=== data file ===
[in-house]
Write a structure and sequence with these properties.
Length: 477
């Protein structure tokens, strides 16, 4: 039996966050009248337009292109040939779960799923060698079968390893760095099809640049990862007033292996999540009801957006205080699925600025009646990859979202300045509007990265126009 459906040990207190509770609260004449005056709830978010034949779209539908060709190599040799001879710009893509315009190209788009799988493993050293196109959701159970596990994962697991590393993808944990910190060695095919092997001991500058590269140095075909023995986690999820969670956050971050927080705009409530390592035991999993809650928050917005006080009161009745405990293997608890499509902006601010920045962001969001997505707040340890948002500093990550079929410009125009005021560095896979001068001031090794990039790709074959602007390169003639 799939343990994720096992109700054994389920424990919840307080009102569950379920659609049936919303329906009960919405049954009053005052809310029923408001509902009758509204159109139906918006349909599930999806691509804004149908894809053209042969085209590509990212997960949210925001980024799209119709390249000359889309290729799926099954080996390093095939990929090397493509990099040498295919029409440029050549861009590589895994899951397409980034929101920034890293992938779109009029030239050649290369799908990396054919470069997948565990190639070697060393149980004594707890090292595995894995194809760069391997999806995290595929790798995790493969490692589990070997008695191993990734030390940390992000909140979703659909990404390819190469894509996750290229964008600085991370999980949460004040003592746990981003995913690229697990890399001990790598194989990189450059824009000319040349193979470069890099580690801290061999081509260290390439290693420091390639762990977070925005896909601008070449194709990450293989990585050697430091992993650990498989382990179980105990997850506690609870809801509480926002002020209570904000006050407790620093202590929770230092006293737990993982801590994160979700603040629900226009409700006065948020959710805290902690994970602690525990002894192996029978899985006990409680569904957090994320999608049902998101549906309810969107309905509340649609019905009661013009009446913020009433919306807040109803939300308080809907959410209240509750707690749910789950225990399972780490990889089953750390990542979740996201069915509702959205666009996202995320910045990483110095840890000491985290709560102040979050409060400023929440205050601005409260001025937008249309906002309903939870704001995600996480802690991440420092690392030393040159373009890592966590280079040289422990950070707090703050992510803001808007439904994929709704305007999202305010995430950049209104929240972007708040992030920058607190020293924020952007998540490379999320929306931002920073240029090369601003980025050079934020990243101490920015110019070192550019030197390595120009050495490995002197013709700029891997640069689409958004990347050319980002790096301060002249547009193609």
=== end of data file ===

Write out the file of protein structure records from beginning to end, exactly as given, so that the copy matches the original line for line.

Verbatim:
[in-house]
Write a structure and sequence with these properties.
Length: 477
């Protein structure tokens, strides 16, 4: 039996966050009248337009292109040939779960799923060698079968390893760095099809640049990862007033292996999540009801957006205080699925600025009646990859979202300045509007990265126009 459906040990207190509770609260004449005056709830978010034949779209539908060709190599040799001879710009893509315009190209788009799988493993050293196109959701159970596990994962697991590393993808944990910190060695095919092997001991500058590269140095075909023995986690999820969670956050971050927080705009409530390592035991999993809650928050917005006080009161009745405990293997608890499509902006601010920045962001969001997505707040340890948002500093990550079929410009125009005021560095896979001068001031090794990039790709074959602007390169003639 799939343990994720096992109700054994389920424990919840307080009102569950379920659609049936919303329906009960919405049954009053005052809310029923408001509902009758509204159109139906918006349909599930999806691509804004149908894809053209042969085209590509990212997960949210925001980024799209119709390249000359889309290729799926099954080996390093095939990929090397493509990099040498295919029409440029050549861009590589895994899951397409980034929101920034890293992938779109009029030239050649290369799908990396054919470069997948565990190639070697060393149980004594707890090292595995894995194809760069391997999806995290595929790798995790493969490692589990070997008695191993990734030390940390992000909140979703659909990404390819190469894509996750290229964008600085991370999980949460004040003592746990981003995913690229697990890399001990790598194989990189450059824009000319040349193979470069890099580690801290061999081509260290390439290693420091390639762990977070925005896909601008070449194709990450293989990585050697430091992993650990498989382990179980105990997850506690609870809801509480926002002020209570904000006050407790620093202590929770230092006293737990993982801590994160979700603040629900226009409700006065948020959710805290902690994970602690525990002894192996029978899985006990409680569904957090994320999608049902998101549906309810969107309905509340649609019905009661013009009446913020009433919306807040109803939300308080809907959410209240509750707690749910789950225990399972780490990889089953750390990542979740996201069915509702959205666009996202995320910045990483110095840890000491985290709560102040979050409060400023929440205050601005409260001025937008249309906002309903939870704001995600996480802690991440420092690392030393040159373009890592966590280079040289422990950070707090703050992510803001808007439904994929709704305007999202305010995430950049209104929240972007708040992030920058607190020293924020952007998540490379999320929306931002920073240029090369601003980025050079934020990243101490920015110019070192550019030197390595120009050495490995002197013709700029891997640069689409958004990347050319980002790096301060002249547009193609």